Maryland Law on the Statute of Limitations

The statute of limitations in most Maryland personal injury cases is three years. The law that sets forth this particular rule is stunningly simple:

§ 5-101. Maryland Courts and Judicial Proceedings Article

Three-year limitation in general

A civil action at law shall be filed within three years from the date it accrues unless another provision of the Code provides a different period of time within which an action shall be commenced.[Emphasis added by us.]
Understanding Maryland's Deadline to Bring a Tort Claim

That is the rule. There are, it is important to keep in mind, a variety of exceptions to the statute of limitations that may shorten or lengthen this three-year statute of limitations to file a lawsuit that applies to most, but not all, personal injury cases. If you are unsure about the applicable statute of limitations in Maryland, you should contact a Maryland lawyer immediately without delay because the clock is ticking.

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There may also be notice requirements, particularly against local municipalities, the state of Maryland, the federal government, or any related governmental entity, that require specific notification of particulars of the accident and your claim. Medical malpractice claims are a different animal, as well. [Learn more here.]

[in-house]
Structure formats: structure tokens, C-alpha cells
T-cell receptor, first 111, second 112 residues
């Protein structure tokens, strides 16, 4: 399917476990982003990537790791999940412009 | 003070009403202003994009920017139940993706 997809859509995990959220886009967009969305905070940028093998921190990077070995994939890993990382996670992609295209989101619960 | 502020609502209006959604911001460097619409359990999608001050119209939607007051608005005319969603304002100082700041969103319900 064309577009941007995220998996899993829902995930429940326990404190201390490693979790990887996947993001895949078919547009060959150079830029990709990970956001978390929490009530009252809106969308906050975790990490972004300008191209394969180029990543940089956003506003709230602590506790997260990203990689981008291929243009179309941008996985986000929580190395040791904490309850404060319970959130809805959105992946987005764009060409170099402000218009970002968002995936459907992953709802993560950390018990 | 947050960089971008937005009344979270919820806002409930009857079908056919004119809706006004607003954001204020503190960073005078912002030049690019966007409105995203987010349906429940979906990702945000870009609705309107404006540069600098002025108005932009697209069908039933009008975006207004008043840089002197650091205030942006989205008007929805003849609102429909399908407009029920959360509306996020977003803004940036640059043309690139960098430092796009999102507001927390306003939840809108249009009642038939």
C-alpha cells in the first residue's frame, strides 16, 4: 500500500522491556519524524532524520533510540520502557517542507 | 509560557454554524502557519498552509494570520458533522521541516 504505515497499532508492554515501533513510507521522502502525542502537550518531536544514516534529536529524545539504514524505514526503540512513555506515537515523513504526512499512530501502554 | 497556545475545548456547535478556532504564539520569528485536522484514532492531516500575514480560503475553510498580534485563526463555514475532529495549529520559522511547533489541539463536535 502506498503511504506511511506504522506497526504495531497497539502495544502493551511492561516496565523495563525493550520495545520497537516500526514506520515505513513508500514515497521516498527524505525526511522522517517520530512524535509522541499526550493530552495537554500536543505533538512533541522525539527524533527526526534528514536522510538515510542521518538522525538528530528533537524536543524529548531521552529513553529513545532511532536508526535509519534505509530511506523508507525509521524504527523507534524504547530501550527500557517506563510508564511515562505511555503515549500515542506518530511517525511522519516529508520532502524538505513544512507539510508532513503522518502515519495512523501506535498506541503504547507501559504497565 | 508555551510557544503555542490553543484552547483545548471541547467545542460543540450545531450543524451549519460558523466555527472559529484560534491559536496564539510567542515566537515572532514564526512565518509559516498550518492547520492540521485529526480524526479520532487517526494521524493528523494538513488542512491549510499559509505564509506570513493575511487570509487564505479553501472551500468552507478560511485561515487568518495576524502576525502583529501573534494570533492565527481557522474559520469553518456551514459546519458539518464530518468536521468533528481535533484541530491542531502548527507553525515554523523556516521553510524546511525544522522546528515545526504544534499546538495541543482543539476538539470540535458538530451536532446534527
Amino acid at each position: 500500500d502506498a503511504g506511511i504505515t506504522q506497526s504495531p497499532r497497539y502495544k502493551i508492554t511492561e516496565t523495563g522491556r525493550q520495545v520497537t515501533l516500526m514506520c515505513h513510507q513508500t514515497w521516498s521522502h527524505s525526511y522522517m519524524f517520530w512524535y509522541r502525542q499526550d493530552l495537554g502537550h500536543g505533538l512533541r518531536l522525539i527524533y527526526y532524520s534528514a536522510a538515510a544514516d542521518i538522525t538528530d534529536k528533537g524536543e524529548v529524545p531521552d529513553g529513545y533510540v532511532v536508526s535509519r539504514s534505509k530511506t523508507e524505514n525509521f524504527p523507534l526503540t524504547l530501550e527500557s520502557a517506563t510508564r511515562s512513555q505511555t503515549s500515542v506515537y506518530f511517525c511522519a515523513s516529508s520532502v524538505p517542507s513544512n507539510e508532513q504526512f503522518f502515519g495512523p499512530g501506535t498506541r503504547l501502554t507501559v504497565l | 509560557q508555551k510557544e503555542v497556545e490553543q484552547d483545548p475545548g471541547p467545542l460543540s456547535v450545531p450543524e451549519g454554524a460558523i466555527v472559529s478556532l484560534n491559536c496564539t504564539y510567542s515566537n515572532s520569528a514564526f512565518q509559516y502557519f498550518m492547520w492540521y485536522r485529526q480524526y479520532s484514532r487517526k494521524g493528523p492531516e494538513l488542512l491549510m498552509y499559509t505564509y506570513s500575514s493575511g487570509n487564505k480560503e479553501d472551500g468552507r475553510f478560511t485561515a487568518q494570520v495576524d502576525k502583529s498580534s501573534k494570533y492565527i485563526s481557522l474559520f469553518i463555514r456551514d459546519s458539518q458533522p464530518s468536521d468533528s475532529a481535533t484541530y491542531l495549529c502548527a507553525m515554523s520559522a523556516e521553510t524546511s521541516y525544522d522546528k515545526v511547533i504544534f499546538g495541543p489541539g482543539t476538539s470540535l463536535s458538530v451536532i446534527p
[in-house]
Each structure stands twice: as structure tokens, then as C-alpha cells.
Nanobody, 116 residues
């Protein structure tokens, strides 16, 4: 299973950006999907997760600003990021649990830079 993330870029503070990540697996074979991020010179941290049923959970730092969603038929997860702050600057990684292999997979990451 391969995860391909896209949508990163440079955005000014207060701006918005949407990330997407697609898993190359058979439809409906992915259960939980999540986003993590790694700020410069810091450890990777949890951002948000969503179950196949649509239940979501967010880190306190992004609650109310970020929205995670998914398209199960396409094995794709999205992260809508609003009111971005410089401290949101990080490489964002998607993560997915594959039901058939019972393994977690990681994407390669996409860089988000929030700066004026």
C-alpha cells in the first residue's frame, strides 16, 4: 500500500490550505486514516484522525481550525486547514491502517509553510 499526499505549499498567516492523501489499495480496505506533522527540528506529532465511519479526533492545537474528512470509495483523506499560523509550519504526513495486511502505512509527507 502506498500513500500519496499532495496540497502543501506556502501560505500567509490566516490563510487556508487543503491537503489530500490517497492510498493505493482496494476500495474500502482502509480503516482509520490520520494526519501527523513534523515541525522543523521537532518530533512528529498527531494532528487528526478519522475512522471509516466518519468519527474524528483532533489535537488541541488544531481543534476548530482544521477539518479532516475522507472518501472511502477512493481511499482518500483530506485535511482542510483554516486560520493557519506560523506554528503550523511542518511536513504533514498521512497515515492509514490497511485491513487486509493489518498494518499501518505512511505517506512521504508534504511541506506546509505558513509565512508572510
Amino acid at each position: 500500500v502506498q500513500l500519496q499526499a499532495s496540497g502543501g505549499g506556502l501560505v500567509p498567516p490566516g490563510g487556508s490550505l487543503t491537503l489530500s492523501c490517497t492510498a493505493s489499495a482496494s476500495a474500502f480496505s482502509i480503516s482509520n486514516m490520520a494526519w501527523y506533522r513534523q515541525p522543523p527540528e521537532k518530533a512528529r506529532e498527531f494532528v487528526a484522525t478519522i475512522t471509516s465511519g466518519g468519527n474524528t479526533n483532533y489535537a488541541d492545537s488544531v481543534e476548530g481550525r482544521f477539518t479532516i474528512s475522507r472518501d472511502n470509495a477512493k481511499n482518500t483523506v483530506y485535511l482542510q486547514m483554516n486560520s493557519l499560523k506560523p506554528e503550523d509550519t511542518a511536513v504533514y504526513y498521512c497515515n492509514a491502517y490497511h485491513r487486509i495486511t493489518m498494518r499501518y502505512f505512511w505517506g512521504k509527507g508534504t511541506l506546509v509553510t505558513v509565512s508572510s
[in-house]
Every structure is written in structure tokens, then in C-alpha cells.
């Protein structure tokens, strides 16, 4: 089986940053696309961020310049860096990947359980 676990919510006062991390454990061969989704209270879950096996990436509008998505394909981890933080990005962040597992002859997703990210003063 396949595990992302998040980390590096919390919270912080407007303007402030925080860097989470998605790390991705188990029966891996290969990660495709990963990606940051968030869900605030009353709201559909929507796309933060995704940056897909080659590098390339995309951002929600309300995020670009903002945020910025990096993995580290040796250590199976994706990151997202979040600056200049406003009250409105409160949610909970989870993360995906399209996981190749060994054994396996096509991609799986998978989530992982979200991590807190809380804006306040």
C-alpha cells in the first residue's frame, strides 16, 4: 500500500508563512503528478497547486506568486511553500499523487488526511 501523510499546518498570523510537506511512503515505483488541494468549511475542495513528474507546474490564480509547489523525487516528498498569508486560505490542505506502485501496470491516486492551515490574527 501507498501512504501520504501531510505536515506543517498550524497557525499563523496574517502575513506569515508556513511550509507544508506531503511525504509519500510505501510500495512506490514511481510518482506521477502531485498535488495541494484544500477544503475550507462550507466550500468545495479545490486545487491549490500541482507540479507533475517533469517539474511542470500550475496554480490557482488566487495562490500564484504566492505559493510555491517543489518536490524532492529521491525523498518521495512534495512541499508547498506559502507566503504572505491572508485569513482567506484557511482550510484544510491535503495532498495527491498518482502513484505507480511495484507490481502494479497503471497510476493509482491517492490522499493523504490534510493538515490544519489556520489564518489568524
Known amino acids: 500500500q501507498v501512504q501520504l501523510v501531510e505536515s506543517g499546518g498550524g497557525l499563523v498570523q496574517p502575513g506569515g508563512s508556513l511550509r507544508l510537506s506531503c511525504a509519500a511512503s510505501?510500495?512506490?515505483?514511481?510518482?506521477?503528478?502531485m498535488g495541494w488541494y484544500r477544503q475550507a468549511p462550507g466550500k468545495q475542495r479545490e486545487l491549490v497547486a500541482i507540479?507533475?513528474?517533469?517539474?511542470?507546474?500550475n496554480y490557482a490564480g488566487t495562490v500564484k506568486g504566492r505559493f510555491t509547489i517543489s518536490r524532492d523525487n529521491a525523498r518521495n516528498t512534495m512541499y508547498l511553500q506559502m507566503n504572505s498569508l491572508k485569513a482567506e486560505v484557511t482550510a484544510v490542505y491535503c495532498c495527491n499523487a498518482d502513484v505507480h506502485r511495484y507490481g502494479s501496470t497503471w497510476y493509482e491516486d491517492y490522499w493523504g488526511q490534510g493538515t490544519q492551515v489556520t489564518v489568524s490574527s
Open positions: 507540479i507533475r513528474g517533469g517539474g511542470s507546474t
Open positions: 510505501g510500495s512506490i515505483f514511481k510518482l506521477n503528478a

There is also a different deadline to file claims for personal injury protection (PIP) benefits in Maryland. (Conversely, wrongful death lawsuits are often more than three years after the date of the negligence because the relevant time - subject to exceptions - is when the victim died as opposed to when the negligent act occurred.) But the moral of the story is clear: these deadlines to file suit can be extremely harsh, and you should contact a malpractice or injury lawyer immediately for professional legal advice applicable to your situation.